The decision by President Donald Trump to ban transgender Americans from military service is a mistake in regards to civil rights and military policy. It comes at a challenging moment for America in a dangerous world.
Regarding civil rights, every American who is qualified and able to serve in our military should be permitted to do so. The criteria for military service should be interest in serving, capability, and the moral patriotism of seeking to defend our country and our people from foreign enemies.
Race, religion, gender, ethnicity and whether one is gay, straight or transgender should not disqualify any American who wants to serve. Our military needs every soldier, sailor, airman and Marine it can get.
As a matter of military policy, our country faces major challenges in the world, many of which involve difficult and complicated issues. Our military personnel is stretched thin, especially from on-going conflicts that arose as a result of September 11, 2001.
Whether one agrees or disagrees with various policies regarding the Iraq and Afghanistan wars, the need to defeat and destroy terrorists who threaten us is universally accepted. To that point, there is no substitute for an adequately staffed military.
Even though Trump said he consulted military leaders and experts on the issue, in my considerable experience with military policy, most commanders believe their forces need a full complement of troops. Few commanders are focused on which individuals and groups should be disqualified to serve.
Secretary of Defense and retired Marine Corps General James Mattis recently began a 6-month review of the transgender policy. This review should continue, reach a conclusion, and offer a comprehensive recommendation for the president to consider before the ban announced by the president is put into effect. The Senate Armed Services Committee, which is chaired by Sen. John McCain, should work with Mattis to prepare options based on the conclusion of his policy review before the president’s ban is put into effect.
To be sure, there are military leaders with different points of view on the matter of transgender service, but their overriding concerns are having a sufficient number of troops who enlist and are well-trained for the missions and the policies that govern the military’s role in the world.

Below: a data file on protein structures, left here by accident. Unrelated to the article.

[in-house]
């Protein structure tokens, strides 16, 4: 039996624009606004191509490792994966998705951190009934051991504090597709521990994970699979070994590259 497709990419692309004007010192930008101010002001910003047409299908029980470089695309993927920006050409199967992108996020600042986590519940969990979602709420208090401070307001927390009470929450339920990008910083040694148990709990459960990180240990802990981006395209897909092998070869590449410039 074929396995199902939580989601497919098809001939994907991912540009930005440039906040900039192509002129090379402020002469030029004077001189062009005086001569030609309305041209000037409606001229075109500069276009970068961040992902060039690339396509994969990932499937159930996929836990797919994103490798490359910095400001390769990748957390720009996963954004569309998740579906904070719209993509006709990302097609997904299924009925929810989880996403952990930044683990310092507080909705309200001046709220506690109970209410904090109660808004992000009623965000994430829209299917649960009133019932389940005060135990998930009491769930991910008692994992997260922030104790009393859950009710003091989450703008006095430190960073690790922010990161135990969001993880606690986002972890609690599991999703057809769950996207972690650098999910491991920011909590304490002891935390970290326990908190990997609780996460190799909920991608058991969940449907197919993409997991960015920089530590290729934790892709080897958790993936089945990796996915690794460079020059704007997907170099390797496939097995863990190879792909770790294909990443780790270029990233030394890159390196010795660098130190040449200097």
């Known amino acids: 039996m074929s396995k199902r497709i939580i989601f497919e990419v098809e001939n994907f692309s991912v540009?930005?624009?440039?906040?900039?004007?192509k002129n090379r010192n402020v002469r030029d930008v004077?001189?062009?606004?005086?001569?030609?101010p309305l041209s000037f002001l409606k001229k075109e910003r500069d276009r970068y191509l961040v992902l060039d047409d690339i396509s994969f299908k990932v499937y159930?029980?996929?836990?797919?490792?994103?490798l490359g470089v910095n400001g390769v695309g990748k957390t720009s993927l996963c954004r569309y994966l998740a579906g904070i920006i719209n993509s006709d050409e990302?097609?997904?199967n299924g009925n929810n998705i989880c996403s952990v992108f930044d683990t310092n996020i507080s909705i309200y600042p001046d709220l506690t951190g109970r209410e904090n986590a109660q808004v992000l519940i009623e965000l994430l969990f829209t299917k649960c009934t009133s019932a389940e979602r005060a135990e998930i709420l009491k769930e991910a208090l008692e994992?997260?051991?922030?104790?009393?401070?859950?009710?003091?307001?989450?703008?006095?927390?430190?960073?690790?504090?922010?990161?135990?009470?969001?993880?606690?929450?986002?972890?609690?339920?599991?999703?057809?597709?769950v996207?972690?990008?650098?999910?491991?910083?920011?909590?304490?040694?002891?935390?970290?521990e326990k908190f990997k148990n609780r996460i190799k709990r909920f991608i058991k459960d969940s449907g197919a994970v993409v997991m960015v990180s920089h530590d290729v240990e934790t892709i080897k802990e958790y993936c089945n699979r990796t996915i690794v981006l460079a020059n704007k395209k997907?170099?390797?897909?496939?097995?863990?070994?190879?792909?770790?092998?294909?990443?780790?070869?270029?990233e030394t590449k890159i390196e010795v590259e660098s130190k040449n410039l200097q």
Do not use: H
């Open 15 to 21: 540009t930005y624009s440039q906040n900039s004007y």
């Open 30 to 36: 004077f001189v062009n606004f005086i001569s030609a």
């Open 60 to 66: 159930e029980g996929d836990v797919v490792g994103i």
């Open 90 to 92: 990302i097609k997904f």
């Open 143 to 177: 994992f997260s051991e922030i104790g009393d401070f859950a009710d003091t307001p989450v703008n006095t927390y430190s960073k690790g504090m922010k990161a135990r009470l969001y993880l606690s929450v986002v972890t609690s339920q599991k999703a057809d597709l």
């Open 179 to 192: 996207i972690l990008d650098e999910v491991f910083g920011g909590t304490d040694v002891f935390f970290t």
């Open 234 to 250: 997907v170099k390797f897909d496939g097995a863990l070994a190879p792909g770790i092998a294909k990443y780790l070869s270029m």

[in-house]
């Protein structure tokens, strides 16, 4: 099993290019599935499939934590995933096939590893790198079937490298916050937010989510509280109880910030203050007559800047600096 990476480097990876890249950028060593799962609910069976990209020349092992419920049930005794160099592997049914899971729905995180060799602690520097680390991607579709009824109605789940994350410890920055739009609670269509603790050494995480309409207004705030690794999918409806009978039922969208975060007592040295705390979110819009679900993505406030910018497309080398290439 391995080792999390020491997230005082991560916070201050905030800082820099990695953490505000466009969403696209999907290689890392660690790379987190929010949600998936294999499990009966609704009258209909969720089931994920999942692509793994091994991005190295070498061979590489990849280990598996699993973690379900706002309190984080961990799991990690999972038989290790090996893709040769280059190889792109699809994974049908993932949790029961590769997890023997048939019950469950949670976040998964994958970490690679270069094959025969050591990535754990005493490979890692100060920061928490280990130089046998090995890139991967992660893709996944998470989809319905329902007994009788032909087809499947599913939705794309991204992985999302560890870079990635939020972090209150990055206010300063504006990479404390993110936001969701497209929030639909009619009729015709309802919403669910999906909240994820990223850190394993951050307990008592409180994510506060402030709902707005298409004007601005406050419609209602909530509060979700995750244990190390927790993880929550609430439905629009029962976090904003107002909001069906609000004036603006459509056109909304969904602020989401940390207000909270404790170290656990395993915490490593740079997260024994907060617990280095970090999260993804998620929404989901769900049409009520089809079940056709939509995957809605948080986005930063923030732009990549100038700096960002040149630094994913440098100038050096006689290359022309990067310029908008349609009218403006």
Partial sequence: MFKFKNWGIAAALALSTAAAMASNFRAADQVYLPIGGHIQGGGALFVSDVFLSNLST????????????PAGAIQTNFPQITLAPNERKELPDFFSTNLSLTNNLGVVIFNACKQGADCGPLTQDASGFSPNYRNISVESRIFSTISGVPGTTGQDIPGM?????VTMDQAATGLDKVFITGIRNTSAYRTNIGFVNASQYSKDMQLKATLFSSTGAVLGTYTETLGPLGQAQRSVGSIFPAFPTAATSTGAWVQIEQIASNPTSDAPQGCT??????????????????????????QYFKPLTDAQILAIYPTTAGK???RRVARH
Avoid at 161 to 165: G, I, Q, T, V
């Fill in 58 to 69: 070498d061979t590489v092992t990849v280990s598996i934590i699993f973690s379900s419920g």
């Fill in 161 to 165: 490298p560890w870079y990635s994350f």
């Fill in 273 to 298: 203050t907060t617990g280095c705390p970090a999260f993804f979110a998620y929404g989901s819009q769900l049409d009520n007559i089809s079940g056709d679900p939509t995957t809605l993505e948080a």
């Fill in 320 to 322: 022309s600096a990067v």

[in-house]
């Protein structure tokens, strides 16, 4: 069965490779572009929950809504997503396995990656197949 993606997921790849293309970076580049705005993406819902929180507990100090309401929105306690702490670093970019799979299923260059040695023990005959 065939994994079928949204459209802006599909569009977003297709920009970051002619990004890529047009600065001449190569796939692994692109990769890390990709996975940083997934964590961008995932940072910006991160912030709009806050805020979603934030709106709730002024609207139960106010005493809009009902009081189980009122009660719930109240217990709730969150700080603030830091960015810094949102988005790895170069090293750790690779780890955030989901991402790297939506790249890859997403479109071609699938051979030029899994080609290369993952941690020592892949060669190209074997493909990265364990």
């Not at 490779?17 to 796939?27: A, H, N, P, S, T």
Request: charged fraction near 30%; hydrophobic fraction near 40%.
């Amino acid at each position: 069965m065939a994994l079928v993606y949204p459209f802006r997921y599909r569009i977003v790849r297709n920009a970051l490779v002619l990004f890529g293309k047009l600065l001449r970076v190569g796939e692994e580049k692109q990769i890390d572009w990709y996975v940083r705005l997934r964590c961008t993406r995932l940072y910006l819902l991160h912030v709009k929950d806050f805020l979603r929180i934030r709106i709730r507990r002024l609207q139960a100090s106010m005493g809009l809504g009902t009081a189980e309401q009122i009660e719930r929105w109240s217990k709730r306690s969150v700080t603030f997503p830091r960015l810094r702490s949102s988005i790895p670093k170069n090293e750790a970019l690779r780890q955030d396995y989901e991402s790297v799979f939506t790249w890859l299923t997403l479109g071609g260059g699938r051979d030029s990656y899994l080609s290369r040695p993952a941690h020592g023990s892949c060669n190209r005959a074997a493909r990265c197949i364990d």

Consider two fundamental challenges to American security and our military: North Korea, which is developing nuclear weapons to attack America, and the long-term problems surrounding the war in Afghanistan, which was once a training ground for terrorists.
While I have been critical of Trump on a range of matters, as a relatively new president I would not criticize him for these trouble spots. These are hard and intractable problems. While Trump should not be faulted for not solving these problems during his first months in office, he will soon own them as commander in chief.
Regarding North Korea, American policy must not accept the acquisition by North Korea of nuclear weapons capable of attacking our shores, and we must maintain our defense of South Korea.
Regarding Afghanistan, which is now under policy review by the Trump administration, the mission will require substantial reforms by the government of Afghanistan to end corruption. It will also require participation by American troops.
Both of these missions—and others—will require the strongest, most capable and best trained contingent of American troops for deterrence, training, and if necessary combat at a time when our troop levels are under pressure from missions that began in 2001.
While a transgender ban will not affect large numbers of overall troops, the participation of trained transgender troops who desire to serve will strengthen our capability to successfully complete key missions, and a policy to prevent their service will create division and lessen our capability of achieving important military and foreign policy goals.
I suspect Trump is banning transgenders from service to please some on the right who are unhappy with him on issues such as his intense criticism of Attorney General Jeff Sessions, who they strongly support. This is politically understandable but militarily unwise and counter-productive to our efforts to address dangerous challenges from hostile forces in the world.
Hopefully, Trump will postpone the transgender ban, wait for the Department of Defense review to conclude, work with McCain and the Armed Services Committee, and then make a final decision.
Brent Budowsky formerly served as policy aide to Sen. Lloyd Bentsen (D-Tex) and Legislative Director to Rep. Bill Alexander (D-Ark.), then Chief Deputy Majority Whip. He holds a law degree from Catholic University, and an LL.M. degree from the London School of Economics. He writes a weekly column for The Hill.